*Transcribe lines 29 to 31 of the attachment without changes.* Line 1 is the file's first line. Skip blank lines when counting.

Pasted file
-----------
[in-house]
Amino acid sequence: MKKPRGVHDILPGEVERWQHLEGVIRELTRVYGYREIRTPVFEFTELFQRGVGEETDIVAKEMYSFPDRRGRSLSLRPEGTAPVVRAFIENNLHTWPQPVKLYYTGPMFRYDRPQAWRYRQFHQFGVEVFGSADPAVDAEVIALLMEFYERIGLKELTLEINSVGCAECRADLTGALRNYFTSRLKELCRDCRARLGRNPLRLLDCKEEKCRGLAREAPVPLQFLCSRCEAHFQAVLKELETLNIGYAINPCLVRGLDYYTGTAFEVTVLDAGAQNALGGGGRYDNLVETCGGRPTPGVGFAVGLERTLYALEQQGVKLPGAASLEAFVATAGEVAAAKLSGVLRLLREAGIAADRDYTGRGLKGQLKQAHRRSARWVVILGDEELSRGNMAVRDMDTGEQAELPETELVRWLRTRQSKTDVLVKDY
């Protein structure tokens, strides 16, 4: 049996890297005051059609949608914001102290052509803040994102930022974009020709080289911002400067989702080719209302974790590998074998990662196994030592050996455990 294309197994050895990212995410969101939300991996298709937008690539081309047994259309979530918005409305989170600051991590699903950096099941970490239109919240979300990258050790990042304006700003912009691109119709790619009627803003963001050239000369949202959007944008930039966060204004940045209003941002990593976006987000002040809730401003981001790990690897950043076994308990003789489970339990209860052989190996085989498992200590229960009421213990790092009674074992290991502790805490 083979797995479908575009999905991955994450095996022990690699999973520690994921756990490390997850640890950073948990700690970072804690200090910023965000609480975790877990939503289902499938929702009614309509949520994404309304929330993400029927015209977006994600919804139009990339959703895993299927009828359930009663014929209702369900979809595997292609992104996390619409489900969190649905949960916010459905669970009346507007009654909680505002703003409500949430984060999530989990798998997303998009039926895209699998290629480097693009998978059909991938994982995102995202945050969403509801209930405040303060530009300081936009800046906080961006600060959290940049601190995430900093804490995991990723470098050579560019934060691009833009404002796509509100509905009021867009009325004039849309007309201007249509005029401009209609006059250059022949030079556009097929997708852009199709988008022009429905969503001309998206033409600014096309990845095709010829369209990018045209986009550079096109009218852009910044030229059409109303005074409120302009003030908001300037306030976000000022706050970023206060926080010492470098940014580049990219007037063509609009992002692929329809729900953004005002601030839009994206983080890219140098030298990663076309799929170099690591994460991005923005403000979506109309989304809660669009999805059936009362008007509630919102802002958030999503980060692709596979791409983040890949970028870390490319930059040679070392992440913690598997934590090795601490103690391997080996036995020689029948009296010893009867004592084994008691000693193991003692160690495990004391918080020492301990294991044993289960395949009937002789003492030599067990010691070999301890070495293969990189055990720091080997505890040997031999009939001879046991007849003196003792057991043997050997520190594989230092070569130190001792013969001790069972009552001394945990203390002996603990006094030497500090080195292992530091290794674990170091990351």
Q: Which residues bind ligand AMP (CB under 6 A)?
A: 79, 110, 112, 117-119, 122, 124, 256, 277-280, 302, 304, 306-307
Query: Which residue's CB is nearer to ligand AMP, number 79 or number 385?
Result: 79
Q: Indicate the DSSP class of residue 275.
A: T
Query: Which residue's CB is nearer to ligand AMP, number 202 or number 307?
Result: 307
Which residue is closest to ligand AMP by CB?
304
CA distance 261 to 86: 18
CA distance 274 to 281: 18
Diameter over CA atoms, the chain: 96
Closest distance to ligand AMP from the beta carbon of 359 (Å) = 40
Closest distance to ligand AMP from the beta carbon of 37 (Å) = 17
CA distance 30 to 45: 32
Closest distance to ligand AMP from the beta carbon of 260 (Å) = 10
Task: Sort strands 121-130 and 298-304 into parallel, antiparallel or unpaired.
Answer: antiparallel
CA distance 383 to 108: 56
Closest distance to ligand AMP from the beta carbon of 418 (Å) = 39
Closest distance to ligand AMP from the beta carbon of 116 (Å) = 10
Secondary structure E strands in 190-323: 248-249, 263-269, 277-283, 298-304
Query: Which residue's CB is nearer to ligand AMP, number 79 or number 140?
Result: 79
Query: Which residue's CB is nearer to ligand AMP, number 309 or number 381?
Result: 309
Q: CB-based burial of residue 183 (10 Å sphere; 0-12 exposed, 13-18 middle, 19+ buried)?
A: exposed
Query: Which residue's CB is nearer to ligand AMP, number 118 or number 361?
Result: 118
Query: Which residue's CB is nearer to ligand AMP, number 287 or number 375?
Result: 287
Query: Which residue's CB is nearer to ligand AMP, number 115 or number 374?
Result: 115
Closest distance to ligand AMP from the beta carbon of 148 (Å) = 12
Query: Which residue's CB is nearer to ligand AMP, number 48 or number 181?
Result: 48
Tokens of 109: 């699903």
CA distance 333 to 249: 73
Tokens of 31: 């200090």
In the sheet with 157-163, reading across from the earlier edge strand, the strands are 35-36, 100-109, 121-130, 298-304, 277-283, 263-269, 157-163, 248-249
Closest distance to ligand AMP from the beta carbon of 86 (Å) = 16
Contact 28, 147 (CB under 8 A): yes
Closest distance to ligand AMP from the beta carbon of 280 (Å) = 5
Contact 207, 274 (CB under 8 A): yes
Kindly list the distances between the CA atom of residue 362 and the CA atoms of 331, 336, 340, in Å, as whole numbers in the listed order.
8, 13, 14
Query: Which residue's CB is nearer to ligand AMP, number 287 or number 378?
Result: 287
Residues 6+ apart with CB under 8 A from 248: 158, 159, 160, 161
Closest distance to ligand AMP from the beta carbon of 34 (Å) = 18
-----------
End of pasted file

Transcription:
Query: Which residue's CB is nearer to ligand AMP, number 309 or number 381?
Result: 309
Q: CB-based burial of residue 183 (10 Å sphere; 0-12 exposed, 13-18 middle, 19+ buried)?